Junior Training Establishments

Discussion in 'History' started by NozzyNozzer, Mar 9, 2006.

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  1. I have created this forum to discuss issues specifically relating to JTEs (what my pongo friends call Boys' Service), though this will of course be mystifying to modern RN personnel, who I understand can be ABs at 16?!? (Some mistake surely?).

    I want to start off with a question to those of you who were at HMS Ganges in the late 1960s. I have a friend who was an inmate there from 1967-68 as a Junior Stoker, living on the Short Covered Way. I was asking him about his experiences of the Laundry and discovered that he only remembers going there twice :? , to wash sheets. He thinks he and his messmates may have done their dhobeying in the Mess. Before you reached the steps on to the Polished Deck there were the heads on the left, I recall, and something on the right, possibly the showers? Was it done here perhaps? My friend was a skimmer/target so I doubt they were undergoing the pre-Submarine Dhobeying Course (SuDs :wink: ). Could it have reflected less rigourous standards for JMEMs or Short Covered Waymen, or were JROs just expected to maintain much higher standards than everybody else (as the Elite)?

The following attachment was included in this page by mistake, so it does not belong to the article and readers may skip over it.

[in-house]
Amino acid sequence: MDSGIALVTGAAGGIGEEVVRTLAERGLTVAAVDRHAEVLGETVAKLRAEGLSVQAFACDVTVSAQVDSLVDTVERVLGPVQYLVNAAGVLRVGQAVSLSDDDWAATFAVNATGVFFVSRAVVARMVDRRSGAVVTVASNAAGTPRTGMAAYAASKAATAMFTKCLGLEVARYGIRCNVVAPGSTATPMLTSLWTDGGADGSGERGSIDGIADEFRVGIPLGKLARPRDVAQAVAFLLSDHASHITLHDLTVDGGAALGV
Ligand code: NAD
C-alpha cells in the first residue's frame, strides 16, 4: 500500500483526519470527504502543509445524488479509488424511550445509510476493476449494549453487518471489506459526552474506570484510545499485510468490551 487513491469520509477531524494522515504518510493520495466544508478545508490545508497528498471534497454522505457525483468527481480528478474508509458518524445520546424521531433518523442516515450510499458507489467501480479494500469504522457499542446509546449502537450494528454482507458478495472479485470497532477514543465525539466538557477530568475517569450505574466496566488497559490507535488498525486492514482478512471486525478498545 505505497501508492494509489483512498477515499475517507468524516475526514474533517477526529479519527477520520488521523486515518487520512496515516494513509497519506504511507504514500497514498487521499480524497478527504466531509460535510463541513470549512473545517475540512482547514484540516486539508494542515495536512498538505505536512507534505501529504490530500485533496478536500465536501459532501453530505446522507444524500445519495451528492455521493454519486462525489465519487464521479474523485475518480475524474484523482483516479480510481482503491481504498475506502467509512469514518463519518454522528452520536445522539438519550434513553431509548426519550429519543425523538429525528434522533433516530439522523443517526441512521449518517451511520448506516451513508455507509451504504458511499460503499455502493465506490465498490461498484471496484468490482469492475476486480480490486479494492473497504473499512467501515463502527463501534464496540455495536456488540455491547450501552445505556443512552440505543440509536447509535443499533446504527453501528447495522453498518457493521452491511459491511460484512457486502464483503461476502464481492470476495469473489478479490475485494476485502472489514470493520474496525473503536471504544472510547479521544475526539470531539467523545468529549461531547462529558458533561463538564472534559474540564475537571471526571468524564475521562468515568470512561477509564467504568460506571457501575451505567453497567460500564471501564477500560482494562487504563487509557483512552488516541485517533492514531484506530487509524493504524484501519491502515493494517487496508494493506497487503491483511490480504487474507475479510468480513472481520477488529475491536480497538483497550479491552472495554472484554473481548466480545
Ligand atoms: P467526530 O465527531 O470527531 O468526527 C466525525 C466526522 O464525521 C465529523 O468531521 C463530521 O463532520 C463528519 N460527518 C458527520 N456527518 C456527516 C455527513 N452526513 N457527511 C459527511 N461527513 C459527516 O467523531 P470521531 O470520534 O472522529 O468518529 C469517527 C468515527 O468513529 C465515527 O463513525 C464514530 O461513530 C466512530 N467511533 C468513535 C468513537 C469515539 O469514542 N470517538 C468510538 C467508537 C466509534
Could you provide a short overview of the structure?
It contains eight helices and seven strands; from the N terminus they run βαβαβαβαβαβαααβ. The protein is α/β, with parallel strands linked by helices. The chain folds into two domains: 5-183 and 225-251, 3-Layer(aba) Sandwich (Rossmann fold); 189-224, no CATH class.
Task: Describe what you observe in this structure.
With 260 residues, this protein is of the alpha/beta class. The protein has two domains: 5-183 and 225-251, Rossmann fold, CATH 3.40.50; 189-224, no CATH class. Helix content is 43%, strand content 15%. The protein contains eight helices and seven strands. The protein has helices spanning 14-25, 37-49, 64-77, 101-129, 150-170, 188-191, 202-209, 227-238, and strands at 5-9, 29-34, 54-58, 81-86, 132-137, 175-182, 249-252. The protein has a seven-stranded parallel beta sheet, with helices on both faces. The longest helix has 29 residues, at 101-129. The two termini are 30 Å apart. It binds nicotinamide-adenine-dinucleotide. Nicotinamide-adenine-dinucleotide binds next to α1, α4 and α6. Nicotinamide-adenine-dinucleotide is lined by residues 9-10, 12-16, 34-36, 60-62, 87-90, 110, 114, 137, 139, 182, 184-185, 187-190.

2. I was in Drake Division in the Short Covered Way from May 1967. After a reorganisation it became Duncan Division, but we all remained in our messes - I was in 37 Mess, 4th on the left (bottom of the SCW). I too can only remember an initial first visit to the main laundry - all subsequent dhobeying being done in the washroom which was first on the left in each mess. If I remember correctly, the second left was the drying room. Showers and heads were to the right of the passageway.

    btw, this is an Anson mess in 1969....

  3. In 62, the Short Covered Way was home to the elite JMEs but we had to suffer JNAMs as Mess Mates.
  4. Oh - the Anson picture above..... Anson Div was NOT, of course, in the SCW, but the only pic I have of a Ganges mess.

    While I was a JRO in Drake (37 Mess), there were EMs in 39 Mess and WAFUs in 40 Mess (at the top). Quite why it all became Duncan Division is now beyond me, but they were generally Seaman gents (dabbers).
  5. PS We were Benbow Division
  6. Hi Geoff,